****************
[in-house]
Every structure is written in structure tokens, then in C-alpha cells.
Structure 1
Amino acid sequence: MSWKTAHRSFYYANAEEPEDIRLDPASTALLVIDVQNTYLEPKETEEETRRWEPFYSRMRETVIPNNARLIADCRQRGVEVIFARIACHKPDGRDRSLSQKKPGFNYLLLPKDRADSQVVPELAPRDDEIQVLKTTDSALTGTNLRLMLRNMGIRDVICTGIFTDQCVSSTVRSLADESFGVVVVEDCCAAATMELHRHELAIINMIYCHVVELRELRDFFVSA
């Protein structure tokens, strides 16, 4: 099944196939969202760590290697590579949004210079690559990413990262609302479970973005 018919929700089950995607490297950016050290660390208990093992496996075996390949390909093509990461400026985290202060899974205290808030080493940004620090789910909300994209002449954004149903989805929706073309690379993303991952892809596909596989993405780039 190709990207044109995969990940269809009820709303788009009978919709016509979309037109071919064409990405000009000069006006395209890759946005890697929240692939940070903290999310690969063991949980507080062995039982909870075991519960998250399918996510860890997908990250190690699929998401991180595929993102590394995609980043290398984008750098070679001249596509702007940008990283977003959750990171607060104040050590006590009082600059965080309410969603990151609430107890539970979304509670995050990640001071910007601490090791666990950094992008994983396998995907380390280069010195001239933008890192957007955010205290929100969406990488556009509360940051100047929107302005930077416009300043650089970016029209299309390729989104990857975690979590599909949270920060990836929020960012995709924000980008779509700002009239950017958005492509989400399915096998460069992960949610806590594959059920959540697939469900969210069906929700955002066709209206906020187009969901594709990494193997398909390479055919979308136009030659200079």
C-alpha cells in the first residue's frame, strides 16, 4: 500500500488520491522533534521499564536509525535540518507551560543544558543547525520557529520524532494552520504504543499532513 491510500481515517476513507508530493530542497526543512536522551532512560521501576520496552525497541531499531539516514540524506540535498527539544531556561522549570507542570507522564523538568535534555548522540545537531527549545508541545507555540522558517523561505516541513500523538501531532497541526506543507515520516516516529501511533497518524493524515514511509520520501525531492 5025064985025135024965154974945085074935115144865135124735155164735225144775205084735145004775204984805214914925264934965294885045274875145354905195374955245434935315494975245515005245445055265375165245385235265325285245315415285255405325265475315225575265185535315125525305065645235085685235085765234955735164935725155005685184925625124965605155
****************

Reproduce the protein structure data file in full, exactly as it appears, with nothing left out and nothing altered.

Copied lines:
[in-house]
Every structure is written in structure tokens, then in C-alpha cells.
Structure 1
Amino acid sequence: MSWKTAHRSFYYANAEEPEDIRLDPASTALLVIDVQNTYLEPKETEEETRRWEPFYSRMRETVIPNNARLIADCRQRGVEVIFARIACHKPDGRDRSLSQKKPGFNYLLLPKDRADSQVVPELAPRDDEIQVLKTTDSALTGTNLRLMLRNMGIRDVICTGIFTDQCVSSTVRSLADESFGVVVVEDCCAAATMELHRHELAIINMIYCHVVELRELRDFFVSA
């Protein structure tokens, strides 16, 4: 099944196939969202760590290697590579949004210079690559990413990262609302479970973005 018919929700089950995607490297950016050290660390208990093992496996075996390949390909093509990461400026985290202060899974205290808030080493940004620090789910909300994209002449954004149903989805929706073309690379993303991952892809596909596989993405780039 190709990207044109995969990940269809009820709303788009009978919709016509979309037109071919064409990405000009000069006006395209890759946005890697929240692939940070903290999310690969063991949980507080062995039982909870075991519960998250399918996510860890997908990250190690699929998401991180595929993102590394995609980043290398984008750098070679001249596509702007940008990283977003959750990171607060104040050590006590009082600059965080309410969603990151609430107890539970979304509670995050990640001071910007601490090791666990950094992008994983396998995907380390280069010195001239933008890192957007955010205290929100969406990488556009509360940051100047929107302005930077416009300043650089970016029209299309390729989104990857975690979590599909949270920060990836929020960012995709924000980008779509700002009239950017958005492509989400399915096998460069992960949610806590594959059920959540697939469900969210069906929700955002066709209206906020187009969901594709990494193997398909390479055919979308136009030659200079």
C-alpha cells in the first residue's frame, strides 16, 4: 500500500488520491522533534521499564536509525535540518507551560543544558543547525520557529520524532494552520504504543499532513 491510500481515517476513507508530493530542497526543512536522551532512560521501576520496552525497541531499531539516514540524506540535498527539544531556561522549570507542570507522564523538568535534555548522540545537531527549545508541545507555540522558517523561505516541513500523538501531532497541526506543507515520516516516529501511533497518524493524515514511509520520501525531492 5025064985025135024965154974945085074935115144865135124735155164735225144775205084735145004775204984805214914925264934965294885045274875145354905195374955245434935315494975245515005245445055265375165245385235265325285245315415285255405325265475315225575265185535315125525305065645235085685235085765234955735164935725155005685184925625124965605155